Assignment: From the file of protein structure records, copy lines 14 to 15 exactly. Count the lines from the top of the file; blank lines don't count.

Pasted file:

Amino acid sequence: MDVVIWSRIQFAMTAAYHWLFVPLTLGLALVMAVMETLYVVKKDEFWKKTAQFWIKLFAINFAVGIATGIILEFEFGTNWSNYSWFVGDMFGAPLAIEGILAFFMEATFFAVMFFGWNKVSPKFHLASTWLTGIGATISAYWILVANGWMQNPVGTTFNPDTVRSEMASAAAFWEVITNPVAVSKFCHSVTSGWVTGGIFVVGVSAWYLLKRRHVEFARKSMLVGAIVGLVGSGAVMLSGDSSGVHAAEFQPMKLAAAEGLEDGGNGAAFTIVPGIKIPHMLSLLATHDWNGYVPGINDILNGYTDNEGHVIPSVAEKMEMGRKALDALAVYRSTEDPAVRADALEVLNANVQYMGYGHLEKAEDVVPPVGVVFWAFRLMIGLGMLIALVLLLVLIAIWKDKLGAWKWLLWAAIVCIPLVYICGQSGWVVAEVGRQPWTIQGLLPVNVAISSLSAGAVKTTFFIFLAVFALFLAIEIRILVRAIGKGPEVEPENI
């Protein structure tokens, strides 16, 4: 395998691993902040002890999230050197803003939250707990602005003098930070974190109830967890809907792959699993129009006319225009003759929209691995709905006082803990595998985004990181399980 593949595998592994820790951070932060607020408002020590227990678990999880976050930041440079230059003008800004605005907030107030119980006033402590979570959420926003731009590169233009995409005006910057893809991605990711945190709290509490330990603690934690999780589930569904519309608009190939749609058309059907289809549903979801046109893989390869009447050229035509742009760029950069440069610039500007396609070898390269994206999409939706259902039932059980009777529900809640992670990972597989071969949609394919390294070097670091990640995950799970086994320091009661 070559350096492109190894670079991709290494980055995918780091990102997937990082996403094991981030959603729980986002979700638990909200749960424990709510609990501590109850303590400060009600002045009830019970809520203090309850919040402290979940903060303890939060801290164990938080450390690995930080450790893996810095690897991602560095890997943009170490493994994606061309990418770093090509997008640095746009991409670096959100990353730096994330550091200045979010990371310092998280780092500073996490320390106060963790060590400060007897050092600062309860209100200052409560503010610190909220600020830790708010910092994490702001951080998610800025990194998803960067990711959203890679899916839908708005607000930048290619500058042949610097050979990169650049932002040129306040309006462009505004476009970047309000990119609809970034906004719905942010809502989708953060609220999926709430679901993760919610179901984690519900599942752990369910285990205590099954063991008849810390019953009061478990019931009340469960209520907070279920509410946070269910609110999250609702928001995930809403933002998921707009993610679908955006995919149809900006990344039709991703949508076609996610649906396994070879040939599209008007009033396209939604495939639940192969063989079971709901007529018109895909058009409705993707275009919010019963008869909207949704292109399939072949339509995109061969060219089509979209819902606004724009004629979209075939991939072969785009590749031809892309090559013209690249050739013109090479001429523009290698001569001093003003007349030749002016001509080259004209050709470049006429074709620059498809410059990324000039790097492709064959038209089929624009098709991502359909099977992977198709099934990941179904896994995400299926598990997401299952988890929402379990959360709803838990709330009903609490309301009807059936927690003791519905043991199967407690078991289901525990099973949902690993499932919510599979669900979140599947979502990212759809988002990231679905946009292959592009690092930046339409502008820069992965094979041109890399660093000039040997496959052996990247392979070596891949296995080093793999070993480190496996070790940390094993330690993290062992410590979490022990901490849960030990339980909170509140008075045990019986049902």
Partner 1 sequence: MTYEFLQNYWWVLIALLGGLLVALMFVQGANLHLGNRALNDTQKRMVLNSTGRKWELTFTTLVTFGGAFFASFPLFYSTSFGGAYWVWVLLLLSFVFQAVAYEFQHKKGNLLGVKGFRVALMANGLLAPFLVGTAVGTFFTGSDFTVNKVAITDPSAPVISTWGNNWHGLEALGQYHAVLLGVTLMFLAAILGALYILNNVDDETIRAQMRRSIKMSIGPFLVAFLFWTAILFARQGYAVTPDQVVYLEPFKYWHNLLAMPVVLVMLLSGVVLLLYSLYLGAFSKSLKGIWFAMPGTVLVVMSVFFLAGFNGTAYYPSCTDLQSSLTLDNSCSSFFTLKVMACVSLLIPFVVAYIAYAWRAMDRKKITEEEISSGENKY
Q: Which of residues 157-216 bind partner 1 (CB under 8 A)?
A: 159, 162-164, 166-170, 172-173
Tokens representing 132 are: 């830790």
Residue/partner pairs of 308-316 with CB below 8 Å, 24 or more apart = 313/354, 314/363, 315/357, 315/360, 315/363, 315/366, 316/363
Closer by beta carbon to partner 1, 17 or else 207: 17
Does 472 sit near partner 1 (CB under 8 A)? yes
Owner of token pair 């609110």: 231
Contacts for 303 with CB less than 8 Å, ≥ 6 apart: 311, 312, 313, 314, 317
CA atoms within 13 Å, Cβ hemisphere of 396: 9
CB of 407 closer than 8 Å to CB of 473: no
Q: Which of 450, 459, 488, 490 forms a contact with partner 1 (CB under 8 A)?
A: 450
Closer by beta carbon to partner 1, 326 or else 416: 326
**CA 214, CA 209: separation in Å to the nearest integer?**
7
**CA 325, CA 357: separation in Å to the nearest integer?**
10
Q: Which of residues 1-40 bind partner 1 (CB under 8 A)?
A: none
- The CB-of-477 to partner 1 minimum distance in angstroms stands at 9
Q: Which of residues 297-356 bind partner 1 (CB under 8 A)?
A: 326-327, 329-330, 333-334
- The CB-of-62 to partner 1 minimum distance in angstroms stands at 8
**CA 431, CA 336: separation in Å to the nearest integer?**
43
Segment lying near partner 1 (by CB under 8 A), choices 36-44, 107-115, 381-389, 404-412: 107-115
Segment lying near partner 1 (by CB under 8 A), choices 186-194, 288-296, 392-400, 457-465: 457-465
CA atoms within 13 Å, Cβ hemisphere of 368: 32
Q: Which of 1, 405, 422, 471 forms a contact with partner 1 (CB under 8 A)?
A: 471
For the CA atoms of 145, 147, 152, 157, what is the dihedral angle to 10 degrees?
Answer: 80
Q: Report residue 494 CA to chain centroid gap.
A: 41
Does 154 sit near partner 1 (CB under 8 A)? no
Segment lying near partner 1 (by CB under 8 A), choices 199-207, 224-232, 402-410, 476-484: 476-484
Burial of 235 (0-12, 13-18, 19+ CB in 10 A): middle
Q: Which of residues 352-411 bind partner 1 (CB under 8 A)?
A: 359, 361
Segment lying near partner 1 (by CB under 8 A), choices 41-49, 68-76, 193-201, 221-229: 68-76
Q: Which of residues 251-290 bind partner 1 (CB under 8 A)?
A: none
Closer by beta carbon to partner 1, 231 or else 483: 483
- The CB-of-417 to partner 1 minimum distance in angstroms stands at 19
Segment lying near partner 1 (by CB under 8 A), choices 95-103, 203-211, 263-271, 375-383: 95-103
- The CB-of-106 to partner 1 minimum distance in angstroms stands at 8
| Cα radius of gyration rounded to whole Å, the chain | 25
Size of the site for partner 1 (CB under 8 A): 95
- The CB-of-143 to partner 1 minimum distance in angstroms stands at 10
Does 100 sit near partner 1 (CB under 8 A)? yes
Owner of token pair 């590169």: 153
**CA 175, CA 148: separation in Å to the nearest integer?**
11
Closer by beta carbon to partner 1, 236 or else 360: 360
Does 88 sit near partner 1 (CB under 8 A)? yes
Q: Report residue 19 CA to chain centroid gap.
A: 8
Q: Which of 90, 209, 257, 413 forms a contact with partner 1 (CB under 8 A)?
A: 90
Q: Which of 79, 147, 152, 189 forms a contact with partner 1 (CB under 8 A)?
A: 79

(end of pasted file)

Q: Which of 450, 459, 488, 490 forms a contact with partner 1 (CB under 8 A)?
A: 450